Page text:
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Bill Cosby: A conversation with TV's favorite dad

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    Cosby and the cast — Phylicia Rashad, Clarice Taylor, Earl Hyman, Malcolm Jamal Warner, Keshia Knight Pulliam and Raven Symone — during filming of the final episode of "The Cosby Show" in 1992.

Posted: Wednesday, July 24, 2013 11:00 am | Updated: 9:47 am, Thu Sep 18, 2014.

Mention Bill Cosby's name these days, and some folks are more likely to think of a fearlessly outspoken icon who rails against what he considers to be negligence on the part of the black community than the legendary entertainer whose groundbreaking sitcom, "The Cosby Show," became a television phenomenon in the 1980s.

Few could have predicted the series' success at a time when the networks were convinced, courtesy of their ratings-research departments, that the sitcom was all but dead in the eyes of the mass-viewing public.

First rejected by ABC, "The Cosby Show" eventually was picked up by NBC, which had fallen to last in the ratings race and occasionally was willing to buck conventional programming wisdom, if only to send its competitors quickly scurrying for imitations.

Loosely based on Cosby's own family, it was the highest-rated show for five consecutive seasons and remained in the Nielsen top 20 throughout its eight-year run.

Nearly everyone, it seemed, could relate to the warm, benevolent Huxtables — Dr. Heathcliff or, simply, Cliff (Cosby); his wife, Clair (Phylicia Rashad); and their five children, Denise (Lisa Bonet), Theo (Malcolm Jamal-Warner), Vanessa (Tempestt Bledsoe), Rudy (Keshia Knight Pulliam), and later, Sondra (Sabrina Le Beauf).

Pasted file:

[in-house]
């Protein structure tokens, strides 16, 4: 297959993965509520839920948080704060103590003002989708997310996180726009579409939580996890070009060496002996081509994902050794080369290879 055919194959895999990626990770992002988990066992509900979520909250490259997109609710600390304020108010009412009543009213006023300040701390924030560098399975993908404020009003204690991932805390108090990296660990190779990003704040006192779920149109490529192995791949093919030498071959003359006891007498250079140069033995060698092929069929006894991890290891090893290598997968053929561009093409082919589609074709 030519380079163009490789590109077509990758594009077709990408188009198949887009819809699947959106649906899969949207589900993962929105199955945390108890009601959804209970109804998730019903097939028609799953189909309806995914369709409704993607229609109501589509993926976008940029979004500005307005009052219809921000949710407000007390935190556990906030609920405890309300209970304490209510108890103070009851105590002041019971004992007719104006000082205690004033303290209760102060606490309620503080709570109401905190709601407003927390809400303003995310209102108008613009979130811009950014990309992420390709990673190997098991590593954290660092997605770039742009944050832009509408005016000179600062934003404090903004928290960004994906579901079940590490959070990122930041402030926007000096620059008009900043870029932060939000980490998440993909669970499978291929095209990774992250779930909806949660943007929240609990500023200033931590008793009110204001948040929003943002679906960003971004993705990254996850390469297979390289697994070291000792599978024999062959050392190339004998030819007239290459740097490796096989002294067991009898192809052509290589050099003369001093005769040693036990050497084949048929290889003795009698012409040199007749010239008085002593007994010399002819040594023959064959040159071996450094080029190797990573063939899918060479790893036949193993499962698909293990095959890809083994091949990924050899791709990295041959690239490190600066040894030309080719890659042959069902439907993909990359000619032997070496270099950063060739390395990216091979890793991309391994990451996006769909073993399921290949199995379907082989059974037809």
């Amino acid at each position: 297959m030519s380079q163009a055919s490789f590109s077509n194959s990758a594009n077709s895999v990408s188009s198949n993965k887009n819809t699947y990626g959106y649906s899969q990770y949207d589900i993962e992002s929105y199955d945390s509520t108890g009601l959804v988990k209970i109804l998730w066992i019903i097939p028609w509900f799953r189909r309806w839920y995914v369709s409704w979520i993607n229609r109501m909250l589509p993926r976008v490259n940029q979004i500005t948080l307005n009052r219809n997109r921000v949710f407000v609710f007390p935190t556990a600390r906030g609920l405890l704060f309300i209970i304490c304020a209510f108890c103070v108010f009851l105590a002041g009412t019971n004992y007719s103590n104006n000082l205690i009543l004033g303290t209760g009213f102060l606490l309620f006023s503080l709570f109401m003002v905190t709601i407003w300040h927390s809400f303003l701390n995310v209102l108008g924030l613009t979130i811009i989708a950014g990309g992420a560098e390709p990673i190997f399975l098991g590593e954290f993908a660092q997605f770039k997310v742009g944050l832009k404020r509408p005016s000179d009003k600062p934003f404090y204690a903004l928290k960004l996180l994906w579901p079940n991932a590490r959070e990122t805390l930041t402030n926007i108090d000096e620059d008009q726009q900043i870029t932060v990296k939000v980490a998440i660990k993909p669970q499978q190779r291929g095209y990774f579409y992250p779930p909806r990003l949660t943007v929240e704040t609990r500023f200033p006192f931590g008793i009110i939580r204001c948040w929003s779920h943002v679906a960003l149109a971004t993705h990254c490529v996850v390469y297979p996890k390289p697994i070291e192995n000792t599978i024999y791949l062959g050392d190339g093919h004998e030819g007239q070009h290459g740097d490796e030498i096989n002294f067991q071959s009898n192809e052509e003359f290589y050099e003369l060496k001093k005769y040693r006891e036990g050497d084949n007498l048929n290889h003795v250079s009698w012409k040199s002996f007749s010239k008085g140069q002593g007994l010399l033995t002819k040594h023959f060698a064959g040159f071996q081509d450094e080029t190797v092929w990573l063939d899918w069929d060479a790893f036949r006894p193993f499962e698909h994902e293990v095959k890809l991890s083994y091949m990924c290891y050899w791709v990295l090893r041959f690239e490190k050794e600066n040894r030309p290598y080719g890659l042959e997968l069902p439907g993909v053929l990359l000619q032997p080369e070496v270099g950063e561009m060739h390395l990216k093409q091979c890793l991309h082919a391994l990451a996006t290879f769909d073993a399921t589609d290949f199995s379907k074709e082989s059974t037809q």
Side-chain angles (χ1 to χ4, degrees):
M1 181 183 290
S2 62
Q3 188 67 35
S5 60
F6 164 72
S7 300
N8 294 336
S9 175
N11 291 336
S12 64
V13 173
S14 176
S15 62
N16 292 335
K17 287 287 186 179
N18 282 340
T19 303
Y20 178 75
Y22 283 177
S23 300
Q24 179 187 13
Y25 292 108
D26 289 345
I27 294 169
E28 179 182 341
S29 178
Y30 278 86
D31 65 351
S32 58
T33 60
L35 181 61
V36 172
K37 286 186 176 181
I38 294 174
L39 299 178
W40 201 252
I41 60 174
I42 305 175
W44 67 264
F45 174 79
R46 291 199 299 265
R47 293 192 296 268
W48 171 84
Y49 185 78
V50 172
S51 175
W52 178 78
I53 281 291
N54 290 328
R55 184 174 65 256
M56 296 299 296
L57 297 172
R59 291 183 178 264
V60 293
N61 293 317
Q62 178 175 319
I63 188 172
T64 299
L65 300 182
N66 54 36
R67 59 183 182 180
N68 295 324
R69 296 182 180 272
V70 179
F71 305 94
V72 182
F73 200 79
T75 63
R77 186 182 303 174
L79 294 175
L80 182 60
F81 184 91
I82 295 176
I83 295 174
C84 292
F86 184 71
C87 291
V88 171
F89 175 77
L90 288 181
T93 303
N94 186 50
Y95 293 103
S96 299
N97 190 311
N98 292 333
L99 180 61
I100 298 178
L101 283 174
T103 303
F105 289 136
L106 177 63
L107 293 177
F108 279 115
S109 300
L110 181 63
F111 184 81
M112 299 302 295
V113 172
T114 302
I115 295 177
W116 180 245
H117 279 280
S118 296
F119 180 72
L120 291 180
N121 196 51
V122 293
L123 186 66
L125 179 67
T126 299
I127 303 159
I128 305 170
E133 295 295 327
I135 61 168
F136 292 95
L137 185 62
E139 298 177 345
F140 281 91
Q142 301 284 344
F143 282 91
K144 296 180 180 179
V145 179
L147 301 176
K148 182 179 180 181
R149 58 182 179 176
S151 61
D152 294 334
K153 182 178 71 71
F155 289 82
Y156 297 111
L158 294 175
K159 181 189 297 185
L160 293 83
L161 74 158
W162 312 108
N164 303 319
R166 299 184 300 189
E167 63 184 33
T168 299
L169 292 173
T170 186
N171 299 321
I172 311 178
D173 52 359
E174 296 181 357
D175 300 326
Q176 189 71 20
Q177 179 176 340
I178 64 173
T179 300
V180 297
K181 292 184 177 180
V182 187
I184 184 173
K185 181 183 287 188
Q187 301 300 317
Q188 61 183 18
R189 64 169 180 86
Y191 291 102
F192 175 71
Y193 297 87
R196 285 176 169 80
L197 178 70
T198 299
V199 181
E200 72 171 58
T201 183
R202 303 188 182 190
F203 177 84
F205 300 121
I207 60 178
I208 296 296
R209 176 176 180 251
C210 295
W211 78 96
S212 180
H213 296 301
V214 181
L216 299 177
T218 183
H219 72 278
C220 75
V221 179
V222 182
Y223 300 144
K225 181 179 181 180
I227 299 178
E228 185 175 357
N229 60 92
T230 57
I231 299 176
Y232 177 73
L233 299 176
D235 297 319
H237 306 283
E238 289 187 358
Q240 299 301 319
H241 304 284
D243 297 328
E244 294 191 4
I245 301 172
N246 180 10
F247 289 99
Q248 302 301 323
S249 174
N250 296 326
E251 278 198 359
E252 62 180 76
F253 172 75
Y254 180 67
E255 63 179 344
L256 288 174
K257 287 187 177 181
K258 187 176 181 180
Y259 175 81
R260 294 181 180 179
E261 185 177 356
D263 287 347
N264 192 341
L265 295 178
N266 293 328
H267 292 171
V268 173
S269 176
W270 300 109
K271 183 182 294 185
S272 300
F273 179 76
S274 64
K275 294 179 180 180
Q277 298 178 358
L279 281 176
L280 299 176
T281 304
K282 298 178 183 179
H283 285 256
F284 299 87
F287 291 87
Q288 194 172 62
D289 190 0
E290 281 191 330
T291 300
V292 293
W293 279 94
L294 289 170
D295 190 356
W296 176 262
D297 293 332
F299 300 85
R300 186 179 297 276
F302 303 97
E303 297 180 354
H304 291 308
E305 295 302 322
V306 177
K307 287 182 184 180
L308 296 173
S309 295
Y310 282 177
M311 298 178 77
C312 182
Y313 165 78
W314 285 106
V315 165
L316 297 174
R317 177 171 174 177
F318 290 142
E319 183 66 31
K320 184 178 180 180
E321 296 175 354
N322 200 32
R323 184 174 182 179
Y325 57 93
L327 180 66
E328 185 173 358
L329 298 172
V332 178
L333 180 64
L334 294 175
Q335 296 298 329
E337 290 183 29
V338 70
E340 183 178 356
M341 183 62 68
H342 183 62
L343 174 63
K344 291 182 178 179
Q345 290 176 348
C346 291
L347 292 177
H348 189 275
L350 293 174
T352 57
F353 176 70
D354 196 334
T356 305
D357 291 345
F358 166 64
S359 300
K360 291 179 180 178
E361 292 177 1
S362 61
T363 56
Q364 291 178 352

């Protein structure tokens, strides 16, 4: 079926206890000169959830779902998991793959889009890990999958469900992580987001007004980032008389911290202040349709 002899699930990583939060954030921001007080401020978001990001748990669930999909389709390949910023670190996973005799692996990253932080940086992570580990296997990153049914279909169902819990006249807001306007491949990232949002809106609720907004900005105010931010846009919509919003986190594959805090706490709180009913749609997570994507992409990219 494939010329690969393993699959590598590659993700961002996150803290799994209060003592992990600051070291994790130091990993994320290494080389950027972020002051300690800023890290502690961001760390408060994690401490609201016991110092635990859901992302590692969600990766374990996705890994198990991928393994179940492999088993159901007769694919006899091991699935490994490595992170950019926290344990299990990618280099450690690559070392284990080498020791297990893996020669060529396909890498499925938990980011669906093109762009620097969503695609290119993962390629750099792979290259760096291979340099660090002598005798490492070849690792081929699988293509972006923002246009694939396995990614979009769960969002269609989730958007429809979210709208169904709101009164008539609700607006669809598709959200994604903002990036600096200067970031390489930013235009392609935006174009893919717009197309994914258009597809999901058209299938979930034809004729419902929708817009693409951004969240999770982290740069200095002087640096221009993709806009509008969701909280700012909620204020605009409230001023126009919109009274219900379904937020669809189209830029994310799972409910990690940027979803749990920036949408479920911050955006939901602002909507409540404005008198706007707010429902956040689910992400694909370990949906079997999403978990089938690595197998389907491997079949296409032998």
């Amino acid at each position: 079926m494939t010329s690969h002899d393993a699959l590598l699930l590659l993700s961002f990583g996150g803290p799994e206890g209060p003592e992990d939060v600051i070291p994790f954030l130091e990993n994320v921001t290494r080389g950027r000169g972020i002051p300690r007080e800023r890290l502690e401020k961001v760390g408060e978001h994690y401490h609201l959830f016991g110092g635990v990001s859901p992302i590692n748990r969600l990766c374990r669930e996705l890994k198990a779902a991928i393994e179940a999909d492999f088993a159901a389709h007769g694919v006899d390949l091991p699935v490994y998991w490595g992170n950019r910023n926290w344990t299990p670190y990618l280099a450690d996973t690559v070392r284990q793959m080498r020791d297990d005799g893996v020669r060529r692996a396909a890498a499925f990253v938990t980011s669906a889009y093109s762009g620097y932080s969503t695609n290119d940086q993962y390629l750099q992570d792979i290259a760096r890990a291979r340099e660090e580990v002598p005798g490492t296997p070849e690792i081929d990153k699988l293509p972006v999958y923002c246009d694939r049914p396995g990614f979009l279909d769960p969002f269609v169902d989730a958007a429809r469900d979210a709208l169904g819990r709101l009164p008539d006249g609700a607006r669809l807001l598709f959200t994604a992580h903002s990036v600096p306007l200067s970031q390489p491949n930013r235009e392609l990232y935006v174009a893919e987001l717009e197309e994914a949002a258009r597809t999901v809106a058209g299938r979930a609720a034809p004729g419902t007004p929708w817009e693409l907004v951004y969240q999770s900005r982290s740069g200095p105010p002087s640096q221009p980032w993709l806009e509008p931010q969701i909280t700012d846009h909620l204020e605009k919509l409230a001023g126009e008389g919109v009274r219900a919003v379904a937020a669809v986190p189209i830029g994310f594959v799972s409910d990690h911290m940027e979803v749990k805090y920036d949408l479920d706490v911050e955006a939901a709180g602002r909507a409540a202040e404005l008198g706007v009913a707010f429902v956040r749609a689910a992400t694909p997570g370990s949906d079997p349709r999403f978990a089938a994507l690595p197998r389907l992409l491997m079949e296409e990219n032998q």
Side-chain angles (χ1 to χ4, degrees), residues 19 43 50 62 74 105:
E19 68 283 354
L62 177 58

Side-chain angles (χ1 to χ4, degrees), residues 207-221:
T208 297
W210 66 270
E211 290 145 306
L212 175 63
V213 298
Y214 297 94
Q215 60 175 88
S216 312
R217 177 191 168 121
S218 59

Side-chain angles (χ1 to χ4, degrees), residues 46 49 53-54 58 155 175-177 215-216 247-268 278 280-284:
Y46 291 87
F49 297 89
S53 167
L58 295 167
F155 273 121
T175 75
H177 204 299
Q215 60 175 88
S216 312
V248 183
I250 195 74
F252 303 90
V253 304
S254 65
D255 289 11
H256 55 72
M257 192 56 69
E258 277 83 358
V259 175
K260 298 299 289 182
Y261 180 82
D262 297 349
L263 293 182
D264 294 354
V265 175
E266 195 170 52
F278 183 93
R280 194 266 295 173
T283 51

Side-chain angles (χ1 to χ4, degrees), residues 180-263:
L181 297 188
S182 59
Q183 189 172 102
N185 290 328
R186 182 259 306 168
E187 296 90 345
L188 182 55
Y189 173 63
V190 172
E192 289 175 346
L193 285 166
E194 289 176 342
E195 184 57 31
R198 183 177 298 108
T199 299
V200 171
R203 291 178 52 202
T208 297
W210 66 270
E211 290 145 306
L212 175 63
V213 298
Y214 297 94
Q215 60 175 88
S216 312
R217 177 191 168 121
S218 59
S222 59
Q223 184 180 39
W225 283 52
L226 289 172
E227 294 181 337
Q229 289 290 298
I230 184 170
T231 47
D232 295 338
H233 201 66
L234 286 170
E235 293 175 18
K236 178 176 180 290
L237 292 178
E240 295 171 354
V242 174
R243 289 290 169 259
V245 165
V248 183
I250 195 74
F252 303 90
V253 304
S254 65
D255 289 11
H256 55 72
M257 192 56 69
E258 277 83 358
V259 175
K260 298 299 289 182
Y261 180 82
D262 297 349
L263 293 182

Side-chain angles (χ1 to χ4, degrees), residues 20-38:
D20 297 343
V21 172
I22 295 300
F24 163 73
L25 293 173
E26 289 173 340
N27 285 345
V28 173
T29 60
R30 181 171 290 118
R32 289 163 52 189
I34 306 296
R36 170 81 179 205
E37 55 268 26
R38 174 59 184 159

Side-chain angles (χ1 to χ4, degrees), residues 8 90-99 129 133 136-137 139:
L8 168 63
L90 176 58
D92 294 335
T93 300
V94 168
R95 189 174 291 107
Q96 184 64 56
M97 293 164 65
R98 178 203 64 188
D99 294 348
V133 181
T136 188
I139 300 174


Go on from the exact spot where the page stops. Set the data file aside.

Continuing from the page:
Even now, almost three decades after its debut, the series' hilariously fresh approach to comedy still holds up. Similar to how "Seinfeld" made light of everything from marriage to answering-machine protocol, "The Cosby Show," in its own way, was about the everyday nothings of family life, whether dealing with the death of Rudy's goldfish, Theo getting his ear pierced without permission or Cliff's gut-busting grievances over getting a lousy gift on Father's Day.

Of course, there was so much more to "The Cosby Show" than roughly 22 minutes of laughs and life lessons. It remains the only TV series with a predominantly black cast that succeeded in defying racial and demographic boundaries. More importantly, it managed this feat while presenting an educated, upper-middle-class black family devoid of any stereotypes.

Cosby, who’ll appear at the Roanoke Performing Arts Theatre this Saturday for a night of stand-up, recalled the sitcom’s significance and relatively immediate impact on our culture during a chat by telephone last week from his home in Massachusetts.

“The opening show of that series, I had written a scene, which is probably one of the classics of our series, between Cliff and Theo,” Cosby, now 76, said. “And Theo has this speech that he just wants to be like regular people, which he knows is disappointing to his doctor father and lawyer mother. But Theo has decided that he doesn’t want to study, and there’s no sense in doing all these things that school requires, because he doesn’t want to go to college. He just wants to be like regular people, at a regular job.

“And he says, ‘I know that you and mom are a doctor and a lawyer, and I love you for that. And all I’m asking is that you just love me for who I am.’ And I never expected it, but the audience burst into applause while we’re doing this scene. I’d pinned on something I’d never expected. Whether you were the kid or the parent, you were watching ‘The Cosby Show’ and could see yourself. And there, mon frère, was the defining moment of that TV series.”